Starry Starry Kite

Looking for the Pink House

Ocean City, New Jersey

(After Richard Blanco poem)

There should be nothing here I don’t remember…


The pink house with pine paneling and a large masted ship on the wall

With a blinking light the grownups turn on after we go to bed,

Under which they sit clinking their highballs.


The bunkbeds filled with sunburnt children lying exhausted

A foot from the ceiling. Tired, but not too tired to crack the door

And watch the light blinking on the ship on the wall and

Wonder what is making the parents laugh so hard.


There should be nothing here I don’t remember…


The formica table, the seashell salt shaker, the clam shells filled with cigarette butts.

My aunt should be in the kitchen shaking salad dressing in a jar, laughing.


My cousin should be ordering us into a line along the road to the bakery where the woman behind the counter has flour in her hair and holds one finger up in front of us—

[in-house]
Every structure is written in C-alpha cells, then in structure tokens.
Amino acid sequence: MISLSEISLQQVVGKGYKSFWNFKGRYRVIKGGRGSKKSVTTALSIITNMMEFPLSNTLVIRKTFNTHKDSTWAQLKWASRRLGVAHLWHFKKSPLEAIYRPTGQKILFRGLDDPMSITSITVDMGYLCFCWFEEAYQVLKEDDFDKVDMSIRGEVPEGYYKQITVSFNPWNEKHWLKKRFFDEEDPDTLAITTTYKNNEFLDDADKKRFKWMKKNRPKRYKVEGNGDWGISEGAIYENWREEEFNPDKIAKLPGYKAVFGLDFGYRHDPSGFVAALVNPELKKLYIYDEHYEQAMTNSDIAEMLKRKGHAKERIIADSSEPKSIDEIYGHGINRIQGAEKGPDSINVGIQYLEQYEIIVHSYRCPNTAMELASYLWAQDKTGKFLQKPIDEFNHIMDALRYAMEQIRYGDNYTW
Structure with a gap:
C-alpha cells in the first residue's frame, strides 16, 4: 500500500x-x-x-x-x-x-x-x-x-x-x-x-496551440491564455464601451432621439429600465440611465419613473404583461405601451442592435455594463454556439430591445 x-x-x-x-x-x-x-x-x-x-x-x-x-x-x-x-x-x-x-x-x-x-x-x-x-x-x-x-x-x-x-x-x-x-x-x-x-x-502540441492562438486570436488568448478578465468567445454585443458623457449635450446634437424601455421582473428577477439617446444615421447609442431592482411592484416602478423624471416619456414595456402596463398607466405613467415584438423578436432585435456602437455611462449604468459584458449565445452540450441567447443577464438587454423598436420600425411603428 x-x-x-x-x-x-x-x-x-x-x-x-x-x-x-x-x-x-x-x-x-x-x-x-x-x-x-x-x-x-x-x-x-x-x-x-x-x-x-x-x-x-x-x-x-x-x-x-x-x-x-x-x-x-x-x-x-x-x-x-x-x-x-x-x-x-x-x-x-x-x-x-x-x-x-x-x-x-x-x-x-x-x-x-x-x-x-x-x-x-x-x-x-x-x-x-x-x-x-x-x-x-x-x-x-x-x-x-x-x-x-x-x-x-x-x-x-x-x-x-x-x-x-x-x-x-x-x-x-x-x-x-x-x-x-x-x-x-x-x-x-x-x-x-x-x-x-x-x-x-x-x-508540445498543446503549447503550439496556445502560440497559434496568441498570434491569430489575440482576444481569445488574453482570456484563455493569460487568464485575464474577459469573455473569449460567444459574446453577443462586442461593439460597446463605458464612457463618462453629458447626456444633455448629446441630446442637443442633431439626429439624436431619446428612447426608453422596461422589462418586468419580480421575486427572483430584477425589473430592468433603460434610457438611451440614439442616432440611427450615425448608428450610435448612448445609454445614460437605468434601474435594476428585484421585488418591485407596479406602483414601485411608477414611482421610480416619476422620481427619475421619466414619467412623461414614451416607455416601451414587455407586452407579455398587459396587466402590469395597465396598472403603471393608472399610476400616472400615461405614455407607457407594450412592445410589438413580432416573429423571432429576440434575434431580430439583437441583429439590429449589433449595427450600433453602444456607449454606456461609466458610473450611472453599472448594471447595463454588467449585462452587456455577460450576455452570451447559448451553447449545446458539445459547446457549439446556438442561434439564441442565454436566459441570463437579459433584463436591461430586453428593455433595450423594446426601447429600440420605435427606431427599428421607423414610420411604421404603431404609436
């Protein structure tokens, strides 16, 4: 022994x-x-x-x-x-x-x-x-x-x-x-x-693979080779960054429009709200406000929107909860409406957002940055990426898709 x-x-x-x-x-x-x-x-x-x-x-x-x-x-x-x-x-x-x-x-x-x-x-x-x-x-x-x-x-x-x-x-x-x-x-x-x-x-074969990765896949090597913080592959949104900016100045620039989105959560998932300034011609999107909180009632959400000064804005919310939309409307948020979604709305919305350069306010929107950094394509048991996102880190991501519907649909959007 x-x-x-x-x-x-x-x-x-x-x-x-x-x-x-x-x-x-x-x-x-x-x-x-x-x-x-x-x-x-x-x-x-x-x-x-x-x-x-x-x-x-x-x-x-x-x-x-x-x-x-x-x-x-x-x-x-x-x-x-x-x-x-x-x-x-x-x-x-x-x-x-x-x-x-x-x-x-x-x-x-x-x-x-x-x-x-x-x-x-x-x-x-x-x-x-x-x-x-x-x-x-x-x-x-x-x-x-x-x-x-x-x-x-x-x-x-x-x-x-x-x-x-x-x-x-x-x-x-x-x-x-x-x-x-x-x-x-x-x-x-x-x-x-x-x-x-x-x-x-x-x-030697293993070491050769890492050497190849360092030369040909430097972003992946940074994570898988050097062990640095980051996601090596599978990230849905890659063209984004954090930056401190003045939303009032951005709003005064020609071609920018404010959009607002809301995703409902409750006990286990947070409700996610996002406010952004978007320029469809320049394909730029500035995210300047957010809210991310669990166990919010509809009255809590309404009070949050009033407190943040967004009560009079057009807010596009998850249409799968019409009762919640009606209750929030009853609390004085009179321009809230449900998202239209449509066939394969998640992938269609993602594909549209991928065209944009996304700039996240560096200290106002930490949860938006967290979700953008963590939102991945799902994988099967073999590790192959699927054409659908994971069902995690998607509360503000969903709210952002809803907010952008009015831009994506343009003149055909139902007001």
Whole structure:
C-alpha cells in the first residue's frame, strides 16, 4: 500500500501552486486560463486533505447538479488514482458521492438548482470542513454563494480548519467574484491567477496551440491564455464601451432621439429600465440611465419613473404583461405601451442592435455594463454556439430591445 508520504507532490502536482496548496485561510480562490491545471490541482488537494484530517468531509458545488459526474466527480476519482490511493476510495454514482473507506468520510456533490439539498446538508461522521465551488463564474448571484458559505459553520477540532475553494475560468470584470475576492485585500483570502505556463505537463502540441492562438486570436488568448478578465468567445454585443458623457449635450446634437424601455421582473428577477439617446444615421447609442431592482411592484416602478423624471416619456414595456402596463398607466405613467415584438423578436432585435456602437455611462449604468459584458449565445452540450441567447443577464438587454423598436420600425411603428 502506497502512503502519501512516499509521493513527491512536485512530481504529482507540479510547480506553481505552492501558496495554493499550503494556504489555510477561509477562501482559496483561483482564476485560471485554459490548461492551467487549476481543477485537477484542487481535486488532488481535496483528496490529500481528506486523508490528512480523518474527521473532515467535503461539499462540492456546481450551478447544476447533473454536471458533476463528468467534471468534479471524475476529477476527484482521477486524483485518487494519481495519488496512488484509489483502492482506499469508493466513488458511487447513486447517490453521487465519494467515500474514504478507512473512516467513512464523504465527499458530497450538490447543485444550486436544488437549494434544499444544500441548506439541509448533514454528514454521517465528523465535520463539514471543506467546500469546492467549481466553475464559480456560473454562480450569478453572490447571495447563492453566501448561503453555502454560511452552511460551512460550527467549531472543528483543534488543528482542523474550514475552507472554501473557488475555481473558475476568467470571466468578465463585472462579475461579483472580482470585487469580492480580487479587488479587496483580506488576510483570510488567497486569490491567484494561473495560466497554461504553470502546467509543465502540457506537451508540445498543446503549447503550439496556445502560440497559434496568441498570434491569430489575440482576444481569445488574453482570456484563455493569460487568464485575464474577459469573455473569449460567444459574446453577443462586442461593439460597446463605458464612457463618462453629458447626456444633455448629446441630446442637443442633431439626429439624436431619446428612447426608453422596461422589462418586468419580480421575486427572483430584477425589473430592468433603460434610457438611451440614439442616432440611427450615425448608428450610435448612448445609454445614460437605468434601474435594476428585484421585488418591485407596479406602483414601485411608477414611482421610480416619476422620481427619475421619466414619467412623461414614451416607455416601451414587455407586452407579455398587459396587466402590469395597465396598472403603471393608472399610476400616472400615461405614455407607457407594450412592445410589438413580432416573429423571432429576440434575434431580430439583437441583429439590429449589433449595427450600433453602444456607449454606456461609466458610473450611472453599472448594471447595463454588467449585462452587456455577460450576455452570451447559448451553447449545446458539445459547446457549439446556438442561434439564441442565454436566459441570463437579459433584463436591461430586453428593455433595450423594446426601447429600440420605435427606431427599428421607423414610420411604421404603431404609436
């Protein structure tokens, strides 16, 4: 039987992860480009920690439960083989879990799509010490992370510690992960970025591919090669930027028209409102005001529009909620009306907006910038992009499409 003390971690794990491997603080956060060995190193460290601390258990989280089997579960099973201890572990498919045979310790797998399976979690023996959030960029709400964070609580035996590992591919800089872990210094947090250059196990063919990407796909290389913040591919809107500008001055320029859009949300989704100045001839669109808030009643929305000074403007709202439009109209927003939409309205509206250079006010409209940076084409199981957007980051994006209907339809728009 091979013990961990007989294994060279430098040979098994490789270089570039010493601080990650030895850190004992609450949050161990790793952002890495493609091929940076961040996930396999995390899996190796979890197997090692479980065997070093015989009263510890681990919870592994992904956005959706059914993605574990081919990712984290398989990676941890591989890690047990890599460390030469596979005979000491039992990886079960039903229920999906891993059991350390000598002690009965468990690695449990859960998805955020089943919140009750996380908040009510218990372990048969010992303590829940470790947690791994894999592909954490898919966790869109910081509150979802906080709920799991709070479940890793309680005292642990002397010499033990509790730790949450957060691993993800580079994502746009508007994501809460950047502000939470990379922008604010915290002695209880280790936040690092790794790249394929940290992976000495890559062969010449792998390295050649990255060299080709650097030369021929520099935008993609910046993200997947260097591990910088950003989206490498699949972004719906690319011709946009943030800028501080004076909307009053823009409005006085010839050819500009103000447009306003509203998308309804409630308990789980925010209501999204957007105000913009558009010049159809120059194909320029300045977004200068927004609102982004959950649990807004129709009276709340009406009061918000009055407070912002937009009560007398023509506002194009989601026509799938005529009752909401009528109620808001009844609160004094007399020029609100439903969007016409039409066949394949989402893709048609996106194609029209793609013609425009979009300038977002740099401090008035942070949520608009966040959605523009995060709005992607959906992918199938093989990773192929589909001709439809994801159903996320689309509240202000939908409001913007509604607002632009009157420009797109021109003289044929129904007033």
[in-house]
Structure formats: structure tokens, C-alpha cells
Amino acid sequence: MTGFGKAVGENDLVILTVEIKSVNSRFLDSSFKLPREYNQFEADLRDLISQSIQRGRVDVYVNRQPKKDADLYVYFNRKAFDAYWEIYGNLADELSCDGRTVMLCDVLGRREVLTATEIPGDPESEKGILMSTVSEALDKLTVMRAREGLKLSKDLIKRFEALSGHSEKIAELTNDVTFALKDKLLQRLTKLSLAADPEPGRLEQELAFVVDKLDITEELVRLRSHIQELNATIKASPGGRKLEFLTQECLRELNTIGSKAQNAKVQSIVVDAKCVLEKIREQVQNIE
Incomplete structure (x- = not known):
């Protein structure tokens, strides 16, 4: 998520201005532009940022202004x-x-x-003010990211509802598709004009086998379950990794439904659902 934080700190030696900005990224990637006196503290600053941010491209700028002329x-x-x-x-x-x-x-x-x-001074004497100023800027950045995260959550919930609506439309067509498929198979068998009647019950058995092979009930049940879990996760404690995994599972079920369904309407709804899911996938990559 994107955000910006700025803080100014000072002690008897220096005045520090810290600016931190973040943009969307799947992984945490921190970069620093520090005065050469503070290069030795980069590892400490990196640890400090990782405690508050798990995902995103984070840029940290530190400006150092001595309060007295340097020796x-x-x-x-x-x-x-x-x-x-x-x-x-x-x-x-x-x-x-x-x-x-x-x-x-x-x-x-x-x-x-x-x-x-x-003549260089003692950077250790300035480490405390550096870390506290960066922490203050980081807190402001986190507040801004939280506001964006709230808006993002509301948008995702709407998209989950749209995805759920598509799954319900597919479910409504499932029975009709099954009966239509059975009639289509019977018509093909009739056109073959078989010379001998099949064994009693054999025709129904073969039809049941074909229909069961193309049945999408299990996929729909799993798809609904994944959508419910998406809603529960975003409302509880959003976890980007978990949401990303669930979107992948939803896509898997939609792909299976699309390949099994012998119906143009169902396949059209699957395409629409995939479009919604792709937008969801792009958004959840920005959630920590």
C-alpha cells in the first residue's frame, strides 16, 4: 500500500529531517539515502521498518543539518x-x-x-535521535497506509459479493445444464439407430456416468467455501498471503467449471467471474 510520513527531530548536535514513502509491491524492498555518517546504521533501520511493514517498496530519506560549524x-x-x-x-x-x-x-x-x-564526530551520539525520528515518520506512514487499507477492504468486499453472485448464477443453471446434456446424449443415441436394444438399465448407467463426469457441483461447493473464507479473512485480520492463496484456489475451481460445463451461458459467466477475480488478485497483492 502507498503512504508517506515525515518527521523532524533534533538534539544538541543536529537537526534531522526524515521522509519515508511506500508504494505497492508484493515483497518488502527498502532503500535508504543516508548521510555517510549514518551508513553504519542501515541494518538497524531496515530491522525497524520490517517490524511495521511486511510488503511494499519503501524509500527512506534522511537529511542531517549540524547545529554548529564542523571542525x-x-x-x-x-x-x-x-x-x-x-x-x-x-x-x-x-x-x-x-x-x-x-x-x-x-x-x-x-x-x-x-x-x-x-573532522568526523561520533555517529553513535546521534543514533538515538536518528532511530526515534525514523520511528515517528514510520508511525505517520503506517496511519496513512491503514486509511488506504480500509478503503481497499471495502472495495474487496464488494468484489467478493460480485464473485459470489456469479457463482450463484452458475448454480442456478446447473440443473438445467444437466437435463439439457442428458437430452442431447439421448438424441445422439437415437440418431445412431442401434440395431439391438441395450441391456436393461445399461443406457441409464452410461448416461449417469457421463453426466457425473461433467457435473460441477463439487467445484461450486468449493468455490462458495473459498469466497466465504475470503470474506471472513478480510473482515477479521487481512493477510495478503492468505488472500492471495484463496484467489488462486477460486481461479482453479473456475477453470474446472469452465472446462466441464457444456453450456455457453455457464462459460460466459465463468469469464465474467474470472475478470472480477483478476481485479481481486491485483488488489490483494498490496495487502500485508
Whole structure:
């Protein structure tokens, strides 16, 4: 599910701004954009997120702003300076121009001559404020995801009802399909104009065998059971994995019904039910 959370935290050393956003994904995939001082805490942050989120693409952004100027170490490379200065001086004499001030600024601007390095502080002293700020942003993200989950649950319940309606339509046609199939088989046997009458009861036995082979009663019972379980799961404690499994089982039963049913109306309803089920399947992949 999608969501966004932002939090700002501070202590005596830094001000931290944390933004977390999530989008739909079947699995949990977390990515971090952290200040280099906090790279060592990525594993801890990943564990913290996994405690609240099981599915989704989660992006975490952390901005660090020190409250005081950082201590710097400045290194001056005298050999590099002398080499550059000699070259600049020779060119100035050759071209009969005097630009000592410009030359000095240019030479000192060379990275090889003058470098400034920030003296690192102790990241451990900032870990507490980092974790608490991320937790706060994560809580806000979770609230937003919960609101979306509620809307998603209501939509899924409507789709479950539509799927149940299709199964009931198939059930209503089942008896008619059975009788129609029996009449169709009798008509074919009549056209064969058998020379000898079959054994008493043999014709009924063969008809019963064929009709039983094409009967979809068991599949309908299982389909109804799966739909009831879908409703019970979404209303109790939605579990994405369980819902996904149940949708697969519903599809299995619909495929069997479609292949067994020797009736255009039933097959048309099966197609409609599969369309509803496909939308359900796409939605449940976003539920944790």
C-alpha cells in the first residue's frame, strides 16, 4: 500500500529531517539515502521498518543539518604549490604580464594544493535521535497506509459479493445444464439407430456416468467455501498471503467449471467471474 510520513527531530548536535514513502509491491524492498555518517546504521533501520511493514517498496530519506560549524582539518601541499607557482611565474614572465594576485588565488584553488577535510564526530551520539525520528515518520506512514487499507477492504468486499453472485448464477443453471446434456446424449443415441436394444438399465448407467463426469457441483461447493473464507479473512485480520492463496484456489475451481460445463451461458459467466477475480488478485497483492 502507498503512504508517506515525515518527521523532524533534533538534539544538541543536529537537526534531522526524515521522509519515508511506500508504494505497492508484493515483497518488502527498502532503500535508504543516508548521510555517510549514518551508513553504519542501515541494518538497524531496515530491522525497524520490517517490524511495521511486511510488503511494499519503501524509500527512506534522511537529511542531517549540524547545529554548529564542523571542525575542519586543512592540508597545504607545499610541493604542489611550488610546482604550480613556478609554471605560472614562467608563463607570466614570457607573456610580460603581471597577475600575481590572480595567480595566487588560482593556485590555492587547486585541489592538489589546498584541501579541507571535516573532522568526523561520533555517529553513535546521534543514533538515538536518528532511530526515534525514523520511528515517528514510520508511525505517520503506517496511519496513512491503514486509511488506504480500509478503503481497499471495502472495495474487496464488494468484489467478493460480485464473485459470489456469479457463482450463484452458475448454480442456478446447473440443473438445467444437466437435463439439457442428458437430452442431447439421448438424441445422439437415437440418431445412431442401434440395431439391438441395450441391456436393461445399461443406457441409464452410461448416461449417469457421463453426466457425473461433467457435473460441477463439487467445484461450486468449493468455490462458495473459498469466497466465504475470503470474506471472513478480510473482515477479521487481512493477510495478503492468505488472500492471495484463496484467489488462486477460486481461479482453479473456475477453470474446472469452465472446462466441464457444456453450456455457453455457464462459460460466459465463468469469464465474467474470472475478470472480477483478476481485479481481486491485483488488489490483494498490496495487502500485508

We have to wait my cousin says.


After thirteen hours in the Studebaker, the smell of salt water

when we stop, only five minutes from the house,

For my mother to put on her face and my brother and me to use the bathroom.


My other aunt and uncle should still be young newlyweds, not yet informed she is barren, not yet abandoned by the two boys they adopt.


My mother should be laughing and dressing up to go to the club in Atlantic City,

Secure in the belief we are the only children my father has sired.


My brother and I should be wriggling and squirming in the window of the portrait studio

on the boardwalk

As the artist paints a nonexistent pearl necklace around my five-year-old neck.


The cousins should be engineering whole cities and highways in the wet sand between high and low tide.


I should be floating on a raft, dangling my feet over the edge, watching the ripple of white approaching.


But I am not.


I am looking for the pink house and pretending for a moment that the family is still laughing.



About the Author



Celia Jeffries is the author of the award-winning novel BLUE DESERT. She is grateful to live, write and teach in the Pioneer Valley, the place the New York Times called the 'valley of the literate.'

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